The Russian army took control of the town where staff working at the Chernobyl nuclear site live and captured the mayor, sparking protests, Ukrainian officials said Saturday.
“Russian occupiers have invaded Slavutych and occupied the municipal hospital,” the military administration of the Kyiv region, which includes the town, wrote on Telegram.
Some 25,000 people live in the town 160 kilometres (99 miles) north of the capital, built after the 1986 Chernobyl nuclear power plant accident.
Residents took to the streets, carrying a large blue and yellow Ukrainian flag and heading towards the hospital, the administration said, adding that Russian forces fired into the air and threw stun grenades into the crowd.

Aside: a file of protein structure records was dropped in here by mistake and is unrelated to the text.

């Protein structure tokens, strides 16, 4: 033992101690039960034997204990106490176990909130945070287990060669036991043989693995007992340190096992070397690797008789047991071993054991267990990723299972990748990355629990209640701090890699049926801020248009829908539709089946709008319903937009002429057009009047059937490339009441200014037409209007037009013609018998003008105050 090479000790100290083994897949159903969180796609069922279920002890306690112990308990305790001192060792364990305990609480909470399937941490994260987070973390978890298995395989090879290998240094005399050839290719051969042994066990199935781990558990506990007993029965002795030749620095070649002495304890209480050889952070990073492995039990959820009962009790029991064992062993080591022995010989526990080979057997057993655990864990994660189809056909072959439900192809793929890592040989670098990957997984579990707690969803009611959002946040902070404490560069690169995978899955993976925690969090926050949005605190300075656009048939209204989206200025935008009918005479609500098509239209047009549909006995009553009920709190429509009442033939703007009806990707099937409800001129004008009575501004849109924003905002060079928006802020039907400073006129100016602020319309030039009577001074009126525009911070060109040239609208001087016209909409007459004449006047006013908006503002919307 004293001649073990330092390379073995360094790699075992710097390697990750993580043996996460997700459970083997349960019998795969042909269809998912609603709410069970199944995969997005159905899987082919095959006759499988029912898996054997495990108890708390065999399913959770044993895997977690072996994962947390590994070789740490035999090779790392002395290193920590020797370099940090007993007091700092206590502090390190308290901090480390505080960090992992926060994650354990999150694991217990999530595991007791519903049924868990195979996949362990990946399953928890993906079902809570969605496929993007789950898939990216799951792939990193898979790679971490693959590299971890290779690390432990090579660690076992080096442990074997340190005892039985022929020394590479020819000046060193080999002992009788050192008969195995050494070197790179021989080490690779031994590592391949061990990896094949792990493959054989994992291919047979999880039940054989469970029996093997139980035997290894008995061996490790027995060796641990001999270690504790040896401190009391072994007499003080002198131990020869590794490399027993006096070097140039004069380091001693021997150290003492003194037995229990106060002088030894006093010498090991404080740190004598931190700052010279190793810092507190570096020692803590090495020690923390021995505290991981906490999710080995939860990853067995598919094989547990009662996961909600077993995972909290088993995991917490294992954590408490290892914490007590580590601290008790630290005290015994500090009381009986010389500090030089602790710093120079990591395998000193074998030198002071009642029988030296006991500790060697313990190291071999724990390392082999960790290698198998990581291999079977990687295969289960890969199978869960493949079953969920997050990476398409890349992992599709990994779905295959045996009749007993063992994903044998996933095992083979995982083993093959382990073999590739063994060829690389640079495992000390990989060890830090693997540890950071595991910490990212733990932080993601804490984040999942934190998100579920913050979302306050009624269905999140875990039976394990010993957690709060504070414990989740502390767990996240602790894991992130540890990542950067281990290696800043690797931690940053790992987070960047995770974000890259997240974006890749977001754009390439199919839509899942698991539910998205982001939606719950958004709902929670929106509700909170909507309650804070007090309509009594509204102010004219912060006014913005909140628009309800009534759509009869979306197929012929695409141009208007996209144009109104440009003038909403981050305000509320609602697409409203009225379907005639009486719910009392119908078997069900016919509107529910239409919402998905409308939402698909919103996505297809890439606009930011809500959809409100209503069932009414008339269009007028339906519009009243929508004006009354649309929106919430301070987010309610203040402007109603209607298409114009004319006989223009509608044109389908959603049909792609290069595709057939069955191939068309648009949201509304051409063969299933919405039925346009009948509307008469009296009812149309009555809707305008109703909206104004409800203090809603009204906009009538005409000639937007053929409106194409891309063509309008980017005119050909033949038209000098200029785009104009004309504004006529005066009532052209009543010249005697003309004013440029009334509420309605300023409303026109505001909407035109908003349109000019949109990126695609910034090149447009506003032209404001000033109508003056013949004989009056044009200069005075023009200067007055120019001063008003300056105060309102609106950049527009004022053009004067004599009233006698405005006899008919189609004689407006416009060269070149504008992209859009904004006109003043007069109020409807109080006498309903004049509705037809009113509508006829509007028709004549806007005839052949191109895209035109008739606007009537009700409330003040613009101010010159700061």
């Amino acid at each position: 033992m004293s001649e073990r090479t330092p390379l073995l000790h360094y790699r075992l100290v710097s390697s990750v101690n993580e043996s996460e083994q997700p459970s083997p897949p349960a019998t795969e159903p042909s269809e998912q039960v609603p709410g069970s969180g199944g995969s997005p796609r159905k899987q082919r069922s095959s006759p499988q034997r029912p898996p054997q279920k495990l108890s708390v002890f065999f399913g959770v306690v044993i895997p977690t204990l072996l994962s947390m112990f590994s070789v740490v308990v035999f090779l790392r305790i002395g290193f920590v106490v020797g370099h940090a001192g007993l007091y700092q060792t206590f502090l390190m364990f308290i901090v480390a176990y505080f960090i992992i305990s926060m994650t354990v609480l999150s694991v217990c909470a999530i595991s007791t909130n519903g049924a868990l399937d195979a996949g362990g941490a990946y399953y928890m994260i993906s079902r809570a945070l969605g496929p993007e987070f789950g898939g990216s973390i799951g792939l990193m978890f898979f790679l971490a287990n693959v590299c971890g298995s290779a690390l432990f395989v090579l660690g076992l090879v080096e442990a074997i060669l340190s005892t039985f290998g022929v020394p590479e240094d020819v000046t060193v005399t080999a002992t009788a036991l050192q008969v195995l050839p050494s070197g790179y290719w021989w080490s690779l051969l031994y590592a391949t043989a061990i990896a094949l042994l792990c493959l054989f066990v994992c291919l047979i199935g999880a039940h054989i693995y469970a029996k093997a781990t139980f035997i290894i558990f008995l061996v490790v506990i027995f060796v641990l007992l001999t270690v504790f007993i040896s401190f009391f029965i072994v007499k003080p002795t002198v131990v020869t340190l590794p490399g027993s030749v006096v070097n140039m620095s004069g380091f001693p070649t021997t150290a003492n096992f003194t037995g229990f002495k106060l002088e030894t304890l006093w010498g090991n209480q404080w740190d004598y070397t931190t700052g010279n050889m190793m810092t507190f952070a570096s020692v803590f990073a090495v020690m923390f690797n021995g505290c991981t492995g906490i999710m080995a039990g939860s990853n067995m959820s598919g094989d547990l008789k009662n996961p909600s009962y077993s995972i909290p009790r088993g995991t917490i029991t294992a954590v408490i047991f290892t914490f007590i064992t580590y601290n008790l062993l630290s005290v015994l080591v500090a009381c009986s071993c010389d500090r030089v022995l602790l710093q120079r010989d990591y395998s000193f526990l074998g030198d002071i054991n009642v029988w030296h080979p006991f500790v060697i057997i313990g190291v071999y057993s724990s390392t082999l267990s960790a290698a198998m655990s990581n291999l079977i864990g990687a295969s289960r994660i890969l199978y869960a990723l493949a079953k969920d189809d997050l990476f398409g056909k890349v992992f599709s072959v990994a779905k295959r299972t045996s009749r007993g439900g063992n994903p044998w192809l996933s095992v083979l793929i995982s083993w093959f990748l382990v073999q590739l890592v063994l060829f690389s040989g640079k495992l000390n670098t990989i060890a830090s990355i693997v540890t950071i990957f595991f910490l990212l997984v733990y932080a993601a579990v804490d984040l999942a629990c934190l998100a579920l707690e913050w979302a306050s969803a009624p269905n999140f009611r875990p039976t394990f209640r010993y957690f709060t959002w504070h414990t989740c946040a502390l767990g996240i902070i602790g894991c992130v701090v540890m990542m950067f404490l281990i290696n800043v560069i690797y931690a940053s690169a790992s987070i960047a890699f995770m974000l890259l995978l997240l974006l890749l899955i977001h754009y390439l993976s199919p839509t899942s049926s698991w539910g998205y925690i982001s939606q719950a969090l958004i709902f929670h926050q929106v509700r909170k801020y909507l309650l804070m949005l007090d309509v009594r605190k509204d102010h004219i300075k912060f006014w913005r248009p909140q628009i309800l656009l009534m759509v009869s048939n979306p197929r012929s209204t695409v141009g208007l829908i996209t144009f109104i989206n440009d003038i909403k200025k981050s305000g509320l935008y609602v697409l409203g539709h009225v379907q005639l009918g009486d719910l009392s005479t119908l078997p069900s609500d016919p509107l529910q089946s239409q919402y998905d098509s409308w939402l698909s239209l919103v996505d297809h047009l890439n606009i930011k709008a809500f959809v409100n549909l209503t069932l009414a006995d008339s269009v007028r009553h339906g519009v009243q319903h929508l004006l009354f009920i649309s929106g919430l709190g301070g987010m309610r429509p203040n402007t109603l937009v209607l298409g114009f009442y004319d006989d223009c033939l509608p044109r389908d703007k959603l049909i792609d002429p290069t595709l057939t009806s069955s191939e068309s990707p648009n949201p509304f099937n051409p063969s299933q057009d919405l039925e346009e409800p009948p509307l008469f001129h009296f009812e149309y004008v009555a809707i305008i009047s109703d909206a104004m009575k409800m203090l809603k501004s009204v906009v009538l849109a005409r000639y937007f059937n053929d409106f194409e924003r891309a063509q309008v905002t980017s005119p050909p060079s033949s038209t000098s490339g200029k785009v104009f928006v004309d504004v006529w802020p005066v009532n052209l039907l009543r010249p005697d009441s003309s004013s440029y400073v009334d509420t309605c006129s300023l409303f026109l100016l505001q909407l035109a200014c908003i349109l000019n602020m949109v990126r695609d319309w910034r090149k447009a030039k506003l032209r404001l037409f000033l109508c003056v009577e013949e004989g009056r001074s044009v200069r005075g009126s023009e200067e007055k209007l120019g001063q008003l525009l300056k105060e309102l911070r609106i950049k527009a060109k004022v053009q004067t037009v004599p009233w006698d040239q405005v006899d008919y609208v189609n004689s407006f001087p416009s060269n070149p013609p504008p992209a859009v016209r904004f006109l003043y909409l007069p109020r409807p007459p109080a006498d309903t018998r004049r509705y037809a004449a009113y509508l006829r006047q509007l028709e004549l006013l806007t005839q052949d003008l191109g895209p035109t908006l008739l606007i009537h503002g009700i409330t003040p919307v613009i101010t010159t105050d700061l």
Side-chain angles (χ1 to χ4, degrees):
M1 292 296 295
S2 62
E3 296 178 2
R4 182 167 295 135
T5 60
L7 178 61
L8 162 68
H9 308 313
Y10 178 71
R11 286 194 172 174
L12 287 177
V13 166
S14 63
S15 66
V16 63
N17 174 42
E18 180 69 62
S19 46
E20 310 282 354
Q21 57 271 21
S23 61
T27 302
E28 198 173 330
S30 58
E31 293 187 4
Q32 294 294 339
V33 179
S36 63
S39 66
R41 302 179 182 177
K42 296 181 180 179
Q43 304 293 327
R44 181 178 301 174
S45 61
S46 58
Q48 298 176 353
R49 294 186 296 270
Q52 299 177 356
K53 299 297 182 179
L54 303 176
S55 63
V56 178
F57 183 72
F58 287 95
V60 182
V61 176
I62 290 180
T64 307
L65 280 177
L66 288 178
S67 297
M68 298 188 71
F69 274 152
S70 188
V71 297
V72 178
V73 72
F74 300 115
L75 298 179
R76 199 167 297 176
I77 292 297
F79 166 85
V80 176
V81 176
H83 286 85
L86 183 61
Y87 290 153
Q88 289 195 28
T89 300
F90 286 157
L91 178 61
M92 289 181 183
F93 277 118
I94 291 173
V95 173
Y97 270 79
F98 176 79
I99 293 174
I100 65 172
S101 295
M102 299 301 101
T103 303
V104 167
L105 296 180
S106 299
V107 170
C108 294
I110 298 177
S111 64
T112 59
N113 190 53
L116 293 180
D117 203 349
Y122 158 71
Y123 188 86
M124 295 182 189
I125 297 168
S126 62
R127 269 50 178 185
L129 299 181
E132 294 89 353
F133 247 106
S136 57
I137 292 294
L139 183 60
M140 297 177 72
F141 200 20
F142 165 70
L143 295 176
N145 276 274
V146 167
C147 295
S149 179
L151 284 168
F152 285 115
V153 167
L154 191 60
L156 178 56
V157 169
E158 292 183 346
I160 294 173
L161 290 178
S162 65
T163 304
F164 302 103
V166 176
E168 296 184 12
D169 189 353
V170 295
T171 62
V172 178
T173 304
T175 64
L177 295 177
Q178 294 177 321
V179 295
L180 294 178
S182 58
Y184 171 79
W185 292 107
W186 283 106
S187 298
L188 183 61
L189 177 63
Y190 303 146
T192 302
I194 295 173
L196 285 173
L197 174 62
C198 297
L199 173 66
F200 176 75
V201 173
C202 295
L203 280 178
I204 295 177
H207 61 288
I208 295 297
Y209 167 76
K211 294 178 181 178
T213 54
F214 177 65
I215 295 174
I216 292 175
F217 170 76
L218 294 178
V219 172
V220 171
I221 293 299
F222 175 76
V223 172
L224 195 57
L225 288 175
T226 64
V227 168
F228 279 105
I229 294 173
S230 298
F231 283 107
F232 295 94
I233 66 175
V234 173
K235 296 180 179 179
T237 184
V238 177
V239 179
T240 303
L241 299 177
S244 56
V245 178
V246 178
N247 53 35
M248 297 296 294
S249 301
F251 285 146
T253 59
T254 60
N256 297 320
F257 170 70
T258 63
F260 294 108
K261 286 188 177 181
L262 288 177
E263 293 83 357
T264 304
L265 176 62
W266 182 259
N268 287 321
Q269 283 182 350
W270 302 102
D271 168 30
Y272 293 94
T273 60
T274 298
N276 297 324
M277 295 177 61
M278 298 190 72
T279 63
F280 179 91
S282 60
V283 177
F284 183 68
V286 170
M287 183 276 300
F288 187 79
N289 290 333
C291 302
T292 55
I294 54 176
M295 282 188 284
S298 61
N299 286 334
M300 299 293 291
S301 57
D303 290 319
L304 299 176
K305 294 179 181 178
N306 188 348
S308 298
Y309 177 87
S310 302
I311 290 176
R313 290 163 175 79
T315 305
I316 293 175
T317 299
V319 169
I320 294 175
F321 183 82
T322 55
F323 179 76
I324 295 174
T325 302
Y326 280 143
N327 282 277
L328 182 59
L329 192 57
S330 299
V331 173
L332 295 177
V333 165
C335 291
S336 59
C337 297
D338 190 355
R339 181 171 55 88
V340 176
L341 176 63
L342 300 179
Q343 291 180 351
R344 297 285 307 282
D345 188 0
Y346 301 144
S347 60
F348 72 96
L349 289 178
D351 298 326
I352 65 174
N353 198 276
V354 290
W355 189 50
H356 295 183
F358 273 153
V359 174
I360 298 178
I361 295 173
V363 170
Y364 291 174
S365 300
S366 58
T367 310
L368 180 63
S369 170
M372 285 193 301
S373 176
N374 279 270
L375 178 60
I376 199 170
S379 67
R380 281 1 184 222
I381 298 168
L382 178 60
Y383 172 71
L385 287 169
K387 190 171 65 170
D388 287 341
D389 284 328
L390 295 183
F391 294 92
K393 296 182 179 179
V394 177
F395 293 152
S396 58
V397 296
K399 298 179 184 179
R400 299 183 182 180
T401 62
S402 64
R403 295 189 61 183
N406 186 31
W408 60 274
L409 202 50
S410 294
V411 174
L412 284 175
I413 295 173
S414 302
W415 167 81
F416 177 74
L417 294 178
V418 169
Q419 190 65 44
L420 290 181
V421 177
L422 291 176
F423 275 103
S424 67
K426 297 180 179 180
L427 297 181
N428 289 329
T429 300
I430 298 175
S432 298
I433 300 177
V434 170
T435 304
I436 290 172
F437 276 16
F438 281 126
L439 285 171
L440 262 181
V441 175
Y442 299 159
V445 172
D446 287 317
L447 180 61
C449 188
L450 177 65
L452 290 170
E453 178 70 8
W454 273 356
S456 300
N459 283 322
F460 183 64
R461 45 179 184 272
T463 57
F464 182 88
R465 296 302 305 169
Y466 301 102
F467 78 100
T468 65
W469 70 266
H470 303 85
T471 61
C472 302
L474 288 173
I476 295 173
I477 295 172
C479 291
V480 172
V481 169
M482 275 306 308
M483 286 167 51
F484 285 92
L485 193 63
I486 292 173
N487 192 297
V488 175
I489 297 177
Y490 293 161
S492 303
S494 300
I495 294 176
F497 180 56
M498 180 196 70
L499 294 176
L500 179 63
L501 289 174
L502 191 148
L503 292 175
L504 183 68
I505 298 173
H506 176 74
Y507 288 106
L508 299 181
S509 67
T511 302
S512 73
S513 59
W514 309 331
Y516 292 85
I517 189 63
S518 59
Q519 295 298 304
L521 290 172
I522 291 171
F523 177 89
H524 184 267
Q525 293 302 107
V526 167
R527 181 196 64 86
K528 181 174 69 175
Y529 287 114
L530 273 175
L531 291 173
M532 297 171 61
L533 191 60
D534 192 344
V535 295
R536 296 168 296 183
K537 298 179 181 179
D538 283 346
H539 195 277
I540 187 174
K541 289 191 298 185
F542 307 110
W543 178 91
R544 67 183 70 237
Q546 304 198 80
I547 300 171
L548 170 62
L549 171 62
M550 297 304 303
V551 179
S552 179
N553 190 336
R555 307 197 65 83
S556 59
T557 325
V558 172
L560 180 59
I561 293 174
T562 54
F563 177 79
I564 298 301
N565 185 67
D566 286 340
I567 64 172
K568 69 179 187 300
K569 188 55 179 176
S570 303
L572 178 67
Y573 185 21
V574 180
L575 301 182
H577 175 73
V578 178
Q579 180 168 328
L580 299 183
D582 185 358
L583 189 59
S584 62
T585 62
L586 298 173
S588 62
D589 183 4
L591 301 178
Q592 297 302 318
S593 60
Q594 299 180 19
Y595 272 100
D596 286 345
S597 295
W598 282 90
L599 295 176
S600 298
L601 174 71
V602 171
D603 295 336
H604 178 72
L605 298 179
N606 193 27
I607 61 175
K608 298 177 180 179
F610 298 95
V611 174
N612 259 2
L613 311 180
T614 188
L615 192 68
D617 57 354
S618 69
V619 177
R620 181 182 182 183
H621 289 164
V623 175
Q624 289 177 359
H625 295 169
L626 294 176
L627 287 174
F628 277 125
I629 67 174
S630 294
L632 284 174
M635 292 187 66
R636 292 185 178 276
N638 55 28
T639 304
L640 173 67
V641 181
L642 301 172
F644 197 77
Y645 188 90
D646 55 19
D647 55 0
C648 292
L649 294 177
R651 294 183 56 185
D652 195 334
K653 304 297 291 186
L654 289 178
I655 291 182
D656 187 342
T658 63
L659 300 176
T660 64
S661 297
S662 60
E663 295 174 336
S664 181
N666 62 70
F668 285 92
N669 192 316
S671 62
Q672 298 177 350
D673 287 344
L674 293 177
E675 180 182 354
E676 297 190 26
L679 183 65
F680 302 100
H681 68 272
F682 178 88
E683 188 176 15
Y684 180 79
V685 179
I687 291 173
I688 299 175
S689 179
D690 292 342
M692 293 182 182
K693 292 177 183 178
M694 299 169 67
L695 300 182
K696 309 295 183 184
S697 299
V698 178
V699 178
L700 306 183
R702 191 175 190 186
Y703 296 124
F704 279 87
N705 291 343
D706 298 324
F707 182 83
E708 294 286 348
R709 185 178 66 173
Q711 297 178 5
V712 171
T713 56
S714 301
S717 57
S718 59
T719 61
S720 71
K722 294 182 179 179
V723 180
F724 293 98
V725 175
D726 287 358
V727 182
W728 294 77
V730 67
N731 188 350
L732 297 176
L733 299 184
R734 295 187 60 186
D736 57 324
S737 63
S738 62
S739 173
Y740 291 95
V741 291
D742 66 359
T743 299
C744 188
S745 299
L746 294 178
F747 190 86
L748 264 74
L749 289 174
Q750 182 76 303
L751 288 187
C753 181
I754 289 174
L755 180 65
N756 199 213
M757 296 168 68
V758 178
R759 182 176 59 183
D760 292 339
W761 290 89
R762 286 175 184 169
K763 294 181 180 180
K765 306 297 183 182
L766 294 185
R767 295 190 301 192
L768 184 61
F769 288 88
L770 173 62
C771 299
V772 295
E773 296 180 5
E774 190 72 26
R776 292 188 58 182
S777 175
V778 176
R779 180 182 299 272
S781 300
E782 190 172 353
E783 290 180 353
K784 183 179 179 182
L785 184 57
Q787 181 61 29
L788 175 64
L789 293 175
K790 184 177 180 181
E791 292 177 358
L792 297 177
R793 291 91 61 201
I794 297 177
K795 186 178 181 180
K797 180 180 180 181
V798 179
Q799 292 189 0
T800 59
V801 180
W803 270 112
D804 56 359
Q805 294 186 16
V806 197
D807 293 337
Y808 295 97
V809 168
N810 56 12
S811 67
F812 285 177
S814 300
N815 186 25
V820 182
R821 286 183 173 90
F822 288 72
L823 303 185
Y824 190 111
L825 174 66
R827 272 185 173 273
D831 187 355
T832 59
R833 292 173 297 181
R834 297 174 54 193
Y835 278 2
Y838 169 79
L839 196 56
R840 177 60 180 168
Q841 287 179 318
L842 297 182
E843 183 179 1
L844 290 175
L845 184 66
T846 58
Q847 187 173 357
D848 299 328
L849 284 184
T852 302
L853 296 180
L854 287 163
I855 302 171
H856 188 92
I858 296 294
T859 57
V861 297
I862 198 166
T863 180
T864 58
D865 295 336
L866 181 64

It also shared on its Telegram account images in which dozens of people gathered around the Ukrainian flag and chanted: “Glory to Ukraine”.
“According to the latest information, the town’s mayor, Yuri Fomichev, has been captured,” the administration said.
The Chernobyl plant was taken by the Russian army on February 24 on the same day that Moscow launched its invasion of Ukraine.
The International Atomic Energy Agency expressed “concern” Thursday after Ukraine informed the organisation of Russia’s bombardment of Slavutych.
The town’s capture comes after the first staff rotation at Chernobyl plant last weekend since Russia took control.
About 100 Ukrainian technicians continued to run the daily operations at the radioactive site for nearly four weeks without being rotated.